-> follows bring incredible swivels and generally become the queen of the world. They pay more attention to you as a lead, and they feel like you’re really listening to them, so they reciprocate.

Scatting.
Brilliant for improving your dancing, but when your partner is scatting, you can hear them, so you’re connected with them in an additional way.

-> makes follows lol.

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Frankie thought the most important lindy step was the promenade*.
It’s in closed position, it requires lots of communication to walk together without kicking each other, and it has lots and lots of variations with lots of different emotions. It teaches you to communicate with someone, and you have to look into each other’s faces a lot, and be ok with that.
You get to hold someone in your arms, which means you have to be respectful.

*Lennart says so, so it’s probably true :D

-> I find some follows aren’t so ok with being so close, so I have to pay really close attention to them to find the ‘comfortable’ distance/connection. This makes me do my very best dancing. I try to put me in front first, so the follow feels more comfortable (follow first means they’re walking backwards – eeek!). I do pecks to make them lol, or rhythmic variations. I respond to the variations they bring.

You’re in love for 3 minutes.
Doesn’t have to be romantic love. But for that 3 minutes, this person is the most important person in the world. You look at them, you lead steps you think they’re like, you do your best to realise the step or move their aiming for, you work to make this dance work.
To me, this is excellent mindfulness. It makes it hard to be rough with your partner. And when someone is feeding all those good vibes back at you, you smile and do your very best dancing.

-> follows become the queen of the world. They listen to you, and even better, they bring things to the dance.

I think it’s worth looking at a video of Frankie teaching to see how he did this stuff:

Frankie Manning’s Class part 2

I don’t think his approach is 100% excellent. He does drive the class, he uses gendered language, etc etc. But he is the ‘star’ teacher, and his teaching partner partner is his assistant – this is very clear. He uses gendered language because he is explicitly thinking about male leads and female follows, and his talk about respectful dancing uses this gendered dichotomy. I’m not excusing this, I’m pointing it out. And here I can make this point: while I dig a lot of what Frankie is doing in this video, he’s not perfect, and I actually find that reassuring. He wasn’t a saint, he was a real person, and when we idolise dancers, we need to keep that in mind: we don’t excuse their faults because we love their dancing.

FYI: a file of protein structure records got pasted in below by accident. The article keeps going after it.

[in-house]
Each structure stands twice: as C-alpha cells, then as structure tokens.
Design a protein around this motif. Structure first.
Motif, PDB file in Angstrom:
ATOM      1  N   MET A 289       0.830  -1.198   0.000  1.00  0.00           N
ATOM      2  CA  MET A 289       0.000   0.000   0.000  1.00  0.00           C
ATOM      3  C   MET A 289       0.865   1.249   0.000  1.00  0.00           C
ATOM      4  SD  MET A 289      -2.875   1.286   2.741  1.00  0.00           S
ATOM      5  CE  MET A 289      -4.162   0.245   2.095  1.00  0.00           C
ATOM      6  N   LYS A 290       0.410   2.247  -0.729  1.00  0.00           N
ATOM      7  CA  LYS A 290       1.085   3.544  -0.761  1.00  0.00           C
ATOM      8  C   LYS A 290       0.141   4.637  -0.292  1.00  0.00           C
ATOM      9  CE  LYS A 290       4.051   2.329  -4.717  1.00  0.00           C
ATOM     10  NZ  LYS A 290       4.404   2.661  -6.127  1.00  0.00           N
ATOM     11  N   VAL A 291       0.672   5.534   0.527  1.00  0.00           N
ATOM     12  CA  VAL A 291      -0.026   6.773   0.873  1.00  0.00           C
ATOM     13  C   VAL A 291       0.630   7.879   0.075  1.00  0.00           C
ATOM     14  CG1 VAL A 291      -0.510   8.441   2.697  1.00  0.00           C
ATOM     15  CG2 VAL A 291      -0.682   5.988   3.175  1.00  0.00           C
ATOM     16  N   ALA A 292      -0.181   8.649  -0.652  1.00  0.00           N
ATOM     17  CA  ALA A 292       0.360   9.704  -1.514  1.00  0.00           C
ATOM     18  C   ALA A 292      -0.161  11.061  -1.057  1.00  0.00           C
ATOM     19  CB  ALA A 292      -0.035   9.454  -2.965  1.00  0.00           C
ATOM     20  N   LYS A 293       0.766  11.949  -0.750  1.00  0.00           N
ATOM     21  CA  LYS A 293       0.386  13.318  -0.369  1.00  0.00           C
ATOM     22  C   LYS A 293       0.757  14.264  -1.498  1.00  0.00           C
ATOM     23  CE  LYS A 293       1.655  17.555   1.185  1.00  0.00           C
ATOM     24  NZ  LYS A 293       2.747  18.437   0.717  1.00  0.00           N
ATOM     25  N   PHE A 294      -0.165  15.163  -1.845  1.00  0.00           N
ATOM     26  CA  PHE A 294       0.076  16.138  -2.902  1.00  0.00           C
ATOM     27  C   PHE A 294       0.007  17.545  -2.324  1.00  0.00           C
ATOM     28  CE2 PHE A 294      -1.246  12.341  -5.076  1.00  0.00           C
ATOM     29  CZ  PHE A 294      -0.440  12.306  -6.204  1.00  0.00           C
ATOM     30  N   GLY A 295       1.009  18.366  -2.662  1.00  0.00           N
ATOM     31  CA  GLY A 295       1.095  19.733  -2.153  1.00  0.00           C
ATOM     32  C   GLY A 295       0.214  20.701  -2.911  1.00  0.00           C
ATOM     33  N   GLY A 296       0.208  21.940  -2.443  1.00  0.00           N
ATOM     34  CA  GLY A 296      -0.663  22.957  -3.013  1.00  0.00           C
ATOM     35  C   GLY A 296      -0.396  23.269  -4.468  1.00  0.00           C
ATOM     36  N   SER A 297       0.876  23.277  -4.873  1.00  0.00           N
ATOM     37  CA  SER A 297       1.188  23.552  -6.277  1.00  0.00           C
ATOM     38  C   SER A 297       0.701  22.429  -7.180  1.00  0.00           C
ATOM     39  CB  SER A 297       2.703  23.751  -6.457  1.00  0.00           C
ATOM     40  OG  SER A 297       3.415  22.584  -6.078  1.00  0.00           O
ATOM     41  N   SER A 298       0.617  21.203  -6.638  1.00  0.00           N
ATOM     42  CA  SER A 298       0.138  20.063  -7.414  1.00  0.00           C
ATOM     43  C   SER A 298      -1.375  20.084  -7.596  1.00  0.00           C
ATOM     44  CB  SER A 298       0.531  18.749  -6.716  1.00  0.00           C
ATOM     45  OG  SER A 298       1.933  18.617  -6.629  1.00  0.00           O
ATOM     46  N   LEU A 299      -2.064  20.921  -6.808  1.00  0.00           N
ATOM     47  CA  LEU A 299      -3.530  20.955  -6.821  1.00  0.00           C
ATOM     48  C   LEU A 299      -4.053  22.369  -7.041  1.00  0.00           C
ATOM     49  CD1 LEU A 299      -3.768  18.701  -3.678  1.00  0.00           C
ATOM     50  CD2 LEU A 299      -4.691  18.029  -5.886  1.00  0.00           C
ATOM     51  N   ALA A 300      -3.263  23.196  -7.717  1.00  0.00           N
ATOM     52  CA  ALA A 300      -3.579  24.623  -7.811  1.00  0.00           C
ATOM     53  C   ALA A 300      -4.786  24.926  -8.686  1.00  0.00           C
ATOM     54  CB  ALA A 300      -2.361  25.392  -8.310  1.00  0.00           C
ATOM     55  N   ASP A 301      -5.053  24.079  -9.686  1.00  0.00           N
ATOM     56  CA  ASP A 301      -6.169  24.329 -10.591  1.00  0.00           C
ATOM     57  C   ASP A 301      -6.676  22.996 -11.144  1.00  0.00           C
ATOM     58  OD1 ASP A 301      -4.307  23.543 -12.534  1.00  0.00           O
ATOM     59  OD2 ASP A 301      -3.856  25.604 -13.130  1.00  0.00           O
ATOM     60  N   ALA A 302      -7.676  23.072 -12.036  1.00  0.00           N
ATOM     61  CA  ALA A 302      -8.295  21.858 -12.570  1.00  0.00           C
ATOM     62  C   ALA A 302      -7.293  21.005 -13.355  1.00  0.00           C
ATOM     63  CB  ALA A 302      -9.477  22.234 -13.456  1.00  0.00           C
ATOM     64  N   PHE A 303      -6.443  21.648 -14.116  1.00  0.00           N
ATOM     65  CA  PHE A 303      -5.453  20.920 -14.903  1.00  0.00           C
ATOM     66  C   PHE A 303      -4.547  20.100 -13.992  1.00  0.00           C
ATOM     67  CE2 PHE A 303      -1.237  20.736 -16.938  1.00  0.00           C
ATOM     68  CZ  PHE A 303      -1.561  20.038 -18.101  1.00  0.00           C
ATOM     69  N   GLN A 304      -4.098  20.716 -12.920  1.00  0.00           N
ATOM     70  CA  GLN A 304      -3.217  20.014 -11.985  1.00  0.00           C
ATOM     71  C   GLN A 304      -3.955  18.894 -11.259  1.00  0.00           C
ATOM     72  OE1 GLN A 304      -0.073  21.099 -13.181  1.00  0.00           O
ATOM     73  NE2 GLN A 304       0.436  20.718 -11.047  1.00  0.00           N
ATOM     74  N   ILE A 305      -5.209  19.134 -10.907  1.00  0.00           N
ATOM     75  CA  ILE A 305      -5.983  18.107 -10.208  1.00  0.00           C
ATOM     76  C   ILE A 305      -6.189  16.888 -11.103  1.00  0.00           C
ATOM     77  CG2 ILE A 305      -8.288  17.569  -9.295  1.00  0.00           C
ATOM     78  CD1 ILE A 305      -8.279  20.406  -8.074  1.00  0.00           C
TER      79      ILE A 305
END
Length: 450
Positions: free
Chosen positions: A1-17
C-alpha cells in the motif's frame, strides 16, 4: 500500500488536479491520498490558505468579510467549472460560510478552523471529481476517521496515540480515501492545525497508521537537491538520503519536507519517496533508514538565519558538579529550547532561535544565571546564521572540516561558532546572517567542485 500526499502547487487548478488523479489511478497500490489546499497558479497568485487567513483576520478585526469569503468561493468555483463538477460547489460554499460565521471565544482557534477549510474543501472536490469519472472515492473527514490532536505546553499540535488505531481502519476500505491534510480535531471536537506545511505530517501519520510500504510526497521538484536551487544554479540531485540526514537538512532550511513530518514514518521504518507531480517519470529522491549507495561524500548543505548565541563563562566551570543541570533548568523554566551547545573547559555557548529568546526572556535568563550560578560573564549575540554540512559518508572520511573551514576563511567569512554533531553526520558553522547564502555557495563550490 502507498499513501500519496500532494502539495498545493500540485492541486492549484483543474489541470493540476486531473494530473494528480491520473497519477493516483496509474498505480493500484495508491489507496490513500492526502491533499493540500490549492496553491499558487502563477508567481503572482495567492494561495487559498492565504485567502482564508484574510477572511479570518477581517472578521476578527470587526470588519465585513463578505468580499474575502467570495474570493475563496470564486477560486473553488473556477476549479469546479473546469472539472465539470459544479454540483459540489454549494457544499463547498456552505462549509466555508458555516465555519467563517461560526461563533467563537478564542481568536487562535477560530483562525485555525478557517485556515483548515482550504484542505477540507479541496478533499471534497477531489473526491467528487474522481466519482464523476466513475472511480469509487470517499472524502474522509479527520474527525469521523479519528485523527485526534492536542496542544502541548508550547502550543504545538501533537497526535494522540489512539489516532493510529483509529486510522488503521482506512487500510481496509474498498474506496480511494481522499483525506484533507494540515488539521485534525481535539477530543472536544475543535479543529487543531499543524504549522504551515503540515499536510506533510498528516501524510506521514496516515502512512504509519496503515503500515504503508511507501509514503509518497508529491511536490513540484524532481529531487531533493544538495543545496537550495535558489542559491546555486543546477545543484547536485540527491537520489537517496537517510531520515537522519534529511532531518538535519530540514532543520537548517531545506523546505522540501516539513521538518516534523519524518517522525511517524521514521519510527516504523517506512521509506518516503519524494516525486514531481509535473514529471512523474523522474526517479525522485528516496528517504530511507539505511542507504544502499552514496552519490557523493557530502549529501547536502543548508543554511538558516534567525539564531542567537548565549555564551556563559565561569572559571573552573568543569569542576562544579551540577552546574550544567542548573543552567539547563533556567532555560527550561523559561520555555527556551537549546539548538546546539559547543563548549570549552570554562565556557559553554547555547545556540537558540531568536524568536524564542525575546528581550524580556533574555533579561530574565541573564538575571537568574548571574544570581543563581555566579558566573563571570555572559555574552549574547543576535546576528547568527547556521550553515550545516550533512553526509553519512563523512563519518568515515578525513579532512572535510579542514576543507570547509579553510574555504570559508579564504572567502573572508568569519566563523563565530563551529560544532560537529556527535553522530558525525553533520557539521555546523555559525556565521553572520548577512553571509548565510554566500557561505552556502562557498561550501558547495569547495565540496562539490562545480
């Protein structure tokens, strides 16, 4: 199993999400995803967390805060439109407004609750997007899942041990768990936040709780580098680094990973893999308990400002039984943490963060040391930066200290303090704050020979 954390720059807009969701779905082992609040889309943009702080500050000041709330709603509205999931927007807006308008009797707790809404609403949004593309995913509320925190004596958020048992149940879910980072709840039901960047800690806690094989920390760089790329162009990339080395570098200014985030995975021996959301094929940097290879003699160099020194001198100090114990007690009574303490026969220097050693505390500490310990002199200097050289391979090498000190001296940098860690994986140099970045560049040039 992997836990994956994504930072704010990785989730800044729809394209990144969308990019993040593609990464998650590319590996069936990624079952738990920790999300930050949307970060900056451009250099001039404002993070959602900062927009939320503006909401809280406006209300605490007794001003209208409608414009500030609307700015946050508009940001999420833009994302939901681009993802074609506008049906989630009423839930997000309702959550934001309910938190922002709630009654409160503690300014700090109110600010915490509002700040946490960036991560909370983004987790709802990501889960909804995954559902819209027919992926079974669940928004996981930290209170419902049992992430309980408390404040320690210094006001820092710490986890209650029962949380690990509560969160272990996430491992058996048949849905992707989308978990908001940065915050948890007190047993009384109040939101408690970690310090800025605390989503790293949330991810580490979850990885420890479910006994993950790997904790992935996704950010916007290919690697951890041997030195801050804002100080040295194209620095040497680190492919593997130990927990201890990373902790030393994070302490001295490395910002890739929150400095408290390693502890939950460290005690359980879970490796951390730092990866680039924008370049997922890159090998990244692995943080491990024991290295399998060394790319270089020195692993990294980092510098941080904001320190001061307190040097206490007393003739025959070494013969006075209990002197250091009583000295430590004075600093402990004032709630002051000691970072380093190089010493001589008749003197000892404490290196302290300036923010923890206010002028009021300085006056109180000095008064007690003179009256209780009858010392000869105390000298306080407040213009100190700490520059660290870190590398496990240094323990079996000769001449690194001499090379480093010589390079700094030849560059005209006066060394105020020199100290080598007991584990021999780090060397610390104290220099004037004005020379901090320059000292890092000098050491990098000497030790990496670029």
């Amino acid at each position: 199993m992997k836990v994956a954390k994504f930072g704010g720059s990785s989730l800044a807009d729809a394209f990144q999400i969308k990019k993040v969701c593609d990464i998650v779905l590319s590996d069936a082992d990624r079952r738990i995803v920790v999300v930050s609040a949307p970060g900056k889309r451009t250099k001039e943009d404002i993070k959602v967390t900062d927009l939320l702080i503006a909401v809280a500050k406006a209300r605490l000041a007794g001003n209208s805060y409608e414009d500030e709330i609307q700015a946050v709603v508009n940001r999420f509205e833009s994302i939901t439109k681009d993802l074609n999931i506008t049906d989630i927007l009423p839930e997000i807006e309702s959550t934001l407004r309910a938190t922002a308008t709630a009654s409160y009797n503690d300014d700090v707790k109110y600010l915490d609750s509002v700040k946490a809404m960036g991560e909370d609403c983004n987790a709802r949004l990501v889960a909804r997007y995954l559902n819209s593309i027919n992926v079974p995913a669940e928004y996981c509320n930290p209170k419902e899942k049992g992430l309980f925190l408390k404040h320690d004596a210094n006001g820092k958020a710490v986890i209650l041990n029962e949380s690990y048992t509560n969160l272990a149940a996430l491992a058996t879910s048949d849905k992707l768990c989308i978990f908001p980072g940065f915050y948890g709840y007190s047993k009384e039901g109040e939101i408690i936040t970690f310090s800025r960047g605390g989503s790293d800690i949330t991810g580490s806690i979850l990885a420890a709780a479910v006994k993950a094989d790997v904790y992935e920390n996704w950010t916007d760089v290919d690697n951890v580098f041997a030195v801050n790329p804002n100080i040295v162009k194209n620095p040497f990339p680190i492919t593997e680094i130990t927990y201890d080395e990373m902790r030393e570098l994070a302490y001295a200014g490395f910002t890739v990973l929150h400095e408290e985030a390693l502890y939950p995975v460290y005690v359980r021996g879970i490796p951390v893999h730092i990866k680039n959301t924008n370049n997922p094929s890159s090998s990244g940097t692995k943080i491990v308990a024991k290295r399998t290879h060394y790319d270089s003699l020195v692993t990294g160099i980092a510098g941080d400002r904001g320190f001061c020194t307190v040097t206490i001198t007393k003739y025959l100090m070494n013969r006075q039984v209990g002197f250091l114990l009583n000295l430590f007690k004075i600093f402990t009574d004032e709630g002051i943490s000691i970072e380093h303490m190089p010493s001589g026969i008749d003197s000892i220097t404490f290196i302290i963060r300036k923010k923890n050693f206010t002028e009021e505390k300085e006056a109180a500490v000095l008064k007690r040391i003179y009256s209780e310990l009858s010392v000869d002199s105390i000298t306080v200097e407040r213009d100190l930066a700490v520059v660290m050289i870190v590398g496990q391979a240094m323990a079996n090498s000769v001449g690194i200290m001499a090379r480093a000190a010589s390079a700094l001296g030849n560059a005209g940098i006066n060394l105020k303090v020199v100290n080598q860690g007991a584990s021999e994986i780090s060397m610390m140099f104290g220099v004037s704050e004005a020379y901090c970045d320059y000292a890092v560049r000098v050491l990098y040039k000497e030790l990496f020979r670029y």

A couple of things I like about this class:

at about 4.44: “If you find yourself falling, and he does not stop you from falling…. take him with you.” I LOLed when I heard this. But it’s a nice, simple way of saying ‘look out for each other!’ and reminding women that they aren’t passive objects here.

11.48: Frankie tackles inappropriate contact “Fellas, don’t take advantage…. we are just dancin’
Nuff said, really.

With all this talk about Frankie, I think it’s worth pointing out:
When you watch footage of younger Frankie (ie in his 60s, and 20s), he seems quite ‘rough’ or ‘strong’ compared to modern dancers. Is this in conflict with this ethos of mutual respect in lindy hop?

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(photo credit: I found this pic via an image search on google, and it’s hosted by Swungover, but chrome crashed and I couldn’t find the page again! argh! So I don’t know who the photographer is!)

This is a tricky one, but I think it’s where we’re really done a disservice by the lack of attention to the original women lindy hoppers who danced with Frankie teaching us today. I suspect that women followers were a different breed too. When you watch historic footage, you see that they fiercely took space, and matched their partner’s intensity. So Frankie might have had a partner who was confident enough to take space, and to be a little less submissive and a little more determined to shine.
I have no evidence for this, and it probably reveals my own lack of dance knowledge and skill. But I’m wondering if we need to have a look at old footage in a new way. I’m thinking of the way Janice Wilson used to talk about Ann Johnson, and the fierceness of her swivels. And of course, you have to think of Norma Miller when you think about fierce women lindy hoppers.

At any rate, this brings us back to the idea of how we might use history when we talk about lindy hop partnerships. And I have no real, final answers, of course, just a bunch of poorly practiced ideas.